Largest Dairy Farm in New Jersey Almost Entirely Destroyed in One of State’s Most Intense Tornadoes Ever

by Kati Kuuseoks
largest-dairy-farm-new-jersey-almost-entirely-destroyed-following-one-states-most-intense-tornadoes-ever

Hurricane Ida first pummeled the Gulf leaving people and livestock stuck, awaiting rescue from thick mud and deep floodwaters. The remnants of Hurricane Ida then took the form of some of the worst storms the Northeast has ever seen. With a climbing death toll, scenes of water overtaking buses and subways are going to be the norm as the North begins a clean-up of over $40 billion in estimated damages.

Still, in the midst of all the chaos, New Jersey has a lot to be grateful for– while the tornado did wreak havoc on the farm itself, the Eachus family survived through the very close call.

Fox Business gathered statements from Wellacrest dairy farm owners Marianne and Wally Eachus, who couldn’t hold back their tears as they looked between the damage and each other.

“What are we going to do?” the duo cried out.

Wellacrest Dairy Farm: the Damage Assessment

Marianne and Wally did not receive much notice at all that the tornado in question was even approaching. In fact, the duo’s day had been largely uninterrupted by anything out of the ordinary leading up to an emergency text received at the dinner table. The text made things very clear. A tornado was not just likely, but already touched down and heading straight towards them. The two observed intimidating clouds and a frightening noise which Marianne likened to the sound of a freight train. They barely made it to the basement before the tornado did what tornadoes do: mass destruction. What’s more, the entire event lasted less than a carwash– somewhere around three minutes.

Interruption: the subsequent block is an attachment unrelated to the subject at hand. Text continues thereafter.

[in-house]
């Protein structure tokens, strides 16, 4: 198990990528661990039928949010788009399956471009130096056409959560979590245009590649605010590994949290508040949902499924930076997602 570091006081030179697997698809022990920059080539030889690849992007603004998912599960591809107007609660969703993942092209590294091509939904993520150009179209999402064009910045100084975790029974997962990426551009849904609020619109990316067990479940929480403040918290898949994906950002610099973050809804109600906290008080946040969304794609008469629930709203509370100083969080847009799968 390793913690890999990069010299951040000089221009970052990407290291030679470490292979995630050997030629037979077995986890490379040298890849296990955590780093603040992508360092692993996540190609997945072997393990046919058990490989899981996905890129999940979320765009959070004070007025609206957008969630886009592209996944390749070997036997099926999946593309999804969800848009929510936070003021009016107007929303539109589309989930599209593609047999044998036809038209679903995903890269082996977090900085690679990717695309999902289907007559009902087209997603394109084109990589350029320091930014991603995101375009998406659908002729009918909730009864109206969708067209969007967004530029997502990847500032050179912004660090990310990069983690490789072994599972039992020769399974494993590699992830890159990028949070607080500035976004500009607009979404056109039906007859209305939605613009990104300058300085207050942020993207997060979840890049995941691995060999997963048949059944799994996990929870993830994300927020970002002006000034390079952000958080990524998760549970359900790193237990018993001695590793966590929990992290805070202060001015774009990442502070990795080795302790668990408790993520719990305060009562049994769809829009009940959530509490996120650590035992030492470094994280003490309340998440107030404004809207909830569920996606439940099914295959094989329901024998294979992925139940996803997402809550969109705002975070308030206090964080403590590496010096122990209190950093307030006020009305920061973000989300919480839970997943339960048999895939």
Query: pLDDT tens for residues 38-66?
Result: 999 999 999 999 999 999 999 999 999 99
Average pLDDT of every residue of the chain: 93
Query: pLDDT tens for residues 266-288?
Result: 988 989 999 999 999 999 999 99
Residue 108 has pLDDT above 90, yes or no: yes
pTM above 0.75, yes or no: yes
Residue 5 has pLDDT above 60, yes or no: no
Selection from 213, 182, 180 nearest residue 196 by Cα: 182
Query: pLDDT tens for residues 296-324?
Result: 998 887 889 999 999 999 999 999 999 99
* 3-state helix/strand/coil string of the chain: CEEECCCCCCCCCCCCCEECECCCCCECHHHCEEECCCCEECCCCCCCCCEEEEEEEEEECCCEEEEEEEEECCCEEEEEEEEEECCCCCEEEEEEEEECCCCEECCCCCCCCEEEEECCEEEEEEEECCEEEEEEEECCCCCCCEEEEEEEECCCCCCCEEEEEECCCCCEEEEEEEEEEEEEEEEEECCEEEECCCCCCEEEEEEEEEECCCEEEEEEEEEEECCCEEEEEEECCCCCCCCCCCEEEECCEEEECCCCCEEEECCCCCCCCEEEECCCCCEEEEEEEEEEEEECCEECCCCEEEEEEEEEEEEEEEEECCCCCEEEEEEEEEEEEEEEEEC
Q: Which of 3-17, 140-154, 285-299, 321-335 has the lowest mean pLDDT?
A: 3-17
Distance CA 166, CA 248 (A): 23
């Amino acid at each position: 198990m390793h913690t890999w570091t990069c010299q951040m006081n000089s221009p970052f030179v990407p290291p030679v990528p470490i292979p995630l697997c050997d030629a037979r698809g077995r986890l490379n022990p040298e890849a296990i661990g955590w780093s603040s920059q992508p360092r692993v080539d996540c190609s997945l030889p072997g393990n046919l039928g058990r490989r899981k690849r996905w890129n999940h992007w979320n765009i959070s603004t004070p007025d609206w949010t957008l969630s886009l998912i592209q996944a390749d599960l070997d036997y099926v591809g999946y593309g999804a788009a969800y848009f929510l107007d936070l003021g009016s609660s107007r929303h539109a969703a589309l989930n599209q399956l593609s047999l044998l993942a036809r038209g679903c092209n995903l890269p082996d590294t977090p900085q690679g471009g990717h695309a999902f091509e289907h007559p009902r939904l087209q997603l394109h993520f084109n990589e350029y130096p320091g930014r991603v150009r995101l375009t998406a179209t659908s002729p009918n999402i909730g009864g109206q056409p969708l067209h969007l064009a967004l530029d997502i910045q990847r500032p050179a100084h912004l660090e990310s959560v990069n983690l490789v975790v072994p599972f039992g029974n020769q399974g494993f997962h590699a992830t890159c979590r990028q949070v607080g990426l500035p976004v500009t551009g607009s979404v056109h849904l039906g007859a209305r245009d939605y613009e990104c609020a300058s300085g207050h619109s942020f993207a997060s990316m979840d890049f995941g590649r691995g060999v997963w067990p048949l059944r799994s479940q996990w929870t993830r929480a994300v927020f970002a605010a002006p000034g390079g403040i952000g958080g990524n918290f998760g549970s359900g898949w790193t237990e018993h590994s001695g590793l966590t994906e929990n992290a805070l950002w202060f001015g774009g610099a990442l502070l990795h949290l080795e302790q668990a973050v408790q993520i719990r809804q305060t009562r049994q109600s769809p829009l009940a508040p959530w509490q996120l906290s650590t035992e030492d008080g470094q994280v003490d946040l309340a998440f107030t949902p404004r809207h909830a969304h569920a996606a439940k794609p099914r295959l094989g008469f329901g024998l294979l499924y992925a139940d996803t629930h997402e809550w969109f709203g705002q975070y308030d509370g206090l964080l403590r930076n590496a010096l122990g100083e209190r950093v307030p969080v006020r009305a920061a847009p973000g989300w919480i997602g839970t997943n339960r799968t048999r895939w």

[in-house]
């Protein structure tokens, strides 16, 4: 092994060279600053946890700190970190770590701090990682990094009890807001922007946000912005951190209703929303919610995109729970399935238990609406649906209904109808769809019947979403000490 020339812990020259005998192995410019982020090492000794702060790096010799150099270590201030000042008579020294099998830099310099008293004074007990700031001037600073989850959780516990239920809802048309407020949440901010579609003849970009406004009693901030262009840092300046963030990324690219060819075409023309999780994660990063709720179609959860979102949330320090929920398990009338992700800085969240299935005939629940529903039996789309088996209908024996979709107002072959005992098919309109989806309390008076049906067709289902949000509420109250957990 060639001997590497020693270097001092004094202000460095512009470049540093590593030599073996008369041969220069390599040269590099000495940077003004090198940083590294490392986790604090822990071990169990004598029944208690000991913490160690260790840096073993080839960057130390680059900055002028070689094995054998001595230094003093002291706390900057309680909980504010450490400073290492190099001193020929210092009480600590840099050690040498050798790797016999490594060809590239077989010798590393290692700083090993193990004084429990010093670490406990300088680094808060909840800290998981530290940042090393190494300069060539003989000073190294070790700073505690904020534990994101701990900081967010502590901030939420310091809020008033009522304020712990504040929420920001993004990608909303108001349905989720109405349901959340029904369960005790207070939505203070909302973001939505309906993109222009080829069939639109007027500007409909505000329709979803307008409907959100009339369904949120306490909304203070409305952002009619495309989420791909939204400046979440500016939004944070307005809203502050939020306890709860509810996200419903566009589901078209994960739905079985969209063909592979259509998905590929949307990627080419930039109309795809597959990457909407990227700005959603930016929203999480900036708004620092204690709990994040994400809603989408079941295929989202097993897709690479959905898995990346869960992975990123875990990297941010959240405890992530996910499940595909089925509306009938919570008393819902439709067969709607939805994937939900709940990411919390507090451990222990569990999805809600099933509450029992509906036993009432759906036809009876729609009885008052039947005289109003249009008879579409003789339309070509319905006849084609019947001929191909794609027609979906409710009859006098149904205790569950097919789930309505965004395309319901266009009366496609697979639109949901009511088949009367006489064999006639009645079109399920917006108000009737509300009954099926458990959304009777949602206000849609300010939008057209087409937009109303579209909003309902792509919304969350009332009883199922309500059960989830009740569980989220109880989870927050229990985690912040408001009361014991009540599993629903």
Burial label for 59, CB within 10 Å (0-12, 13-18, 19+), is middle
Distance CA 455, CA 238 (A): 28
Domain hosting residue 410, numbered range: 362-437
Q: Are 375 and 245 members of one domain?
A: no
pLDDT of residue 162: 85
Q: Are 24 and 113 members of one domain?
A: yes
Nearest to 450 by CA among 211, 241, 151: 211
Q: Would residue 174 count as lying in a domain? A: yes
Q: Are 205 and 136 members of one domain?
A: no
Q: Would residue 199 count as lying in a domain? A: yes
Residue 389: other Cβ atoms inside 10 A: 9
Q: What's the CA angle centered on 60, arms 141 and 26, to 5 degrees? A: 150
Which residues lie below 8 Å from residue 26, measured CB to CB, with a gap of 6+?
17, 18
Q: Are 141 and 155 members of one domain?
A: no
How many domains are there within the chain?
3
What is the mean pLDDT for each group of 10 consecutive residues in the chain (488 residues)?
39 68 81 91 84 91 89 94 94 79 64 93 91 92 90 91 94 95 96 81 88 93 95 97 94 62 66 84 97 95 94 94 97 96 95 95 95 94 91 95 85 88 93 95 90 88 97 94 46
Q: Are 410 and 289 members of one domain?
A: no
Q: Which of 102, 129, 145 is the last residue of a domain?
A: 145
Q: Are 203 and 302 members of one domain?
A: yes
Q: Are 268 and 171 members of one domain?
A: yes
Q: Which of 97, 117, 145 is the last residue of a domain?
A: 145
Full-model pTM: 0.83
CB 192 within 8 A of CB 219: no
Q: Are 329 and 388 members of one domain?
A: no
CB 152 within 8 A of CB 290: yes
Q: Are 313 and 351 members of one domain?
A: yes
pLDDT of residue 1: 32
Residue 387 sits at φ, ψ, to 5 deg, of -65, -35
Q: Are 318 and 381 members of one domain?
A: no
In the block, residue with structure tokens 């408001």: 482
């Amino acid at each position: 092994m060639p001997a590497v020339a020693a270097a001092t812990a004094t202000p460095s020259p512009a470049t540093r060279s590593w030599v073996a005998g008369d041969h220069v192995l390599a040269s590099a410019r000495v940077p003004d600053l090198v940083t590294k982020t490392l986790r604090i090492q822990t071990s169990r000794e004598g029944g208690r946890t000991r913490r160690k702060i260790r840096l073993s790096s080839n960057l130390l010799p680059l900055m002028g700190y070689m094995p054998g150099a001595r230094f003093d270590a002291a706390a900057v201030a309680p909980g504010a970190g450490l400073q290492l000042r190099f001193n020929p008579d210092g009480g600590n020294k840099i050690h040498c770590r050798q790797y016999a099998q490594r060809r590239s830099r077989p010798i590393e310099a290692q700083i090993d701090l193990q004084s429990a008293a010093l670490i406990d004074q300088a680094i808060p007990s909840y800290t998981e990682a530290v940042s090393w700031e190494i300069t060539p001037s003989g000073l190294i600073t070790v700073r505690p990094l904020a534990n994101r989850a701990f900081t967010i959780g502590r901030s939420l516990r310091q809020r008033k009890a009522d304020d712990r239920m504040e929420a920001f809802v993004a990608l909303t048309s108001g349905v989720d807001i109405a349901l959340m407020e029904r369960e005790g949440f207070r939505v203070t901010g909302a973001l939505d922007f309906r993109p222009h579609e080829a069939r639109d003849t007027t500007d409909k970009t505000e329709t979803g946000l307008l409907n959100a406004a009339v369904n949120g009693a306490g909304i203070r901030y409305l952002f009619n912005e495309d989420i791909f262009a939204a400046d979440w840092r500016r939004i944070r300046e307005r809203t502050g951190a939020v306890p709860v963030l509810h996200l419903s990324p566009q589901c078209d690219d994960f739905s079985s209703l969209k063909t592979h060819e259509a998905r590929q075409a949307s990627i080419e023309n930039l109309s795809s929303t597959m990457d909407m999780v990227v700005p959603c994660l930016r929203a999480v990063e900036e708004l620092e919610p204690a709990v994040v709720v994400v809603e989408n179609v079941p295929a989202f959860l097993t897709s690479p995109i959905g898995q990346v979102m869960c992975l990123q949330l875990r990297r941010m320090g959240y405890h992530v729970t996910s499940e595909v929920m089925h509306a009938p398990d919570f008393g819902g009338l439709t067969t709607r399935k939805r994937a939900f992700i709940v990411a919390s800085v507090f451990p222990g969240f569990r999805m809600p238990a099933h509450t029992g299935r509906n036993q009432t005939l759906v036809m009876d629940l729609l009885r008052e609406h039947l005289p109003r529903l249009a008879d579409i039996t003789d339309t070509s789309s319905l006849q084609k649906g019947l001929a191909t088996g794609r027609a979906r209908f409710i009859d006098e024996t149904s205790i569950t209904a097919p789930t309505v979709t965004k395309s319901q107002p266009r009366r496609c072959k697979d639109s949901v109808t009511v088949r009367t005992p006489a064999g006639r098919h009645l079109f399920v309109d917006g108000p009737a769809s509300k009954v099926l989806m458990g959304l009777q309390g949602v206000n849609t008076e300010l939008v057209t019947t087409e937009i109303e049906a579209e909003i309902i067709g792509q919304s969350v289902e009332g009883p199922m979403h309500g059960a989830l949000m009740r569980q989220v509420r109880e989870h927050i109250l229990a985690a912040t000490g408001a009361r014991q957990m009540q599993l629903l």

After the commotion died down, Marianne and Wally joined their family outside to assess the damages to the farm. The sights they beheld were the stuff of nightmares. All their family’s hard work and legacy appeared to be undone. On top of fallen grain silos, the tornado completely leveled out the ground in some parts with barns reduced to concrete, missing roofing, uprooted trees, and equipment now rendered useless.

All Eachus could muster up is that “There was just metal, wood, debris, everywhere.”

The tragedy continued to unfold as the farm owners tried to take a head count of their cows. Hundreds needed rescuing from under collapsed barns. Another 100 are still missing days after the tornado’s departure. The death toll stands at around thirteen cows but may climb if the missing ones aren’t returned soon.

Wellacrest: the Legacy

Farmers are undeniably heroes and Mullica Hill residents are banding together for the Wellacrest Farm because they agree. Established in 1943, Wellacrest Farms came about from the parents of Wally Eachus. After meeting Marianne, Wally and she took over the farm a couple of decades ago. Now, their children are involved in its day to day operations.

The impact of Wellacrest on the local community is massive. They produce over 17 million pounds of milk each year and partner with other farmers to share and sell their crops. Between the 1400 cows they have amassed over the years, half of them are milking cows. Between GoFundMe’s and food donations, the local community is doing what it can to get Wellacrest back on its feet.

You can catch a tour of the Farm and drone footage of all the damage here.

Outsider.com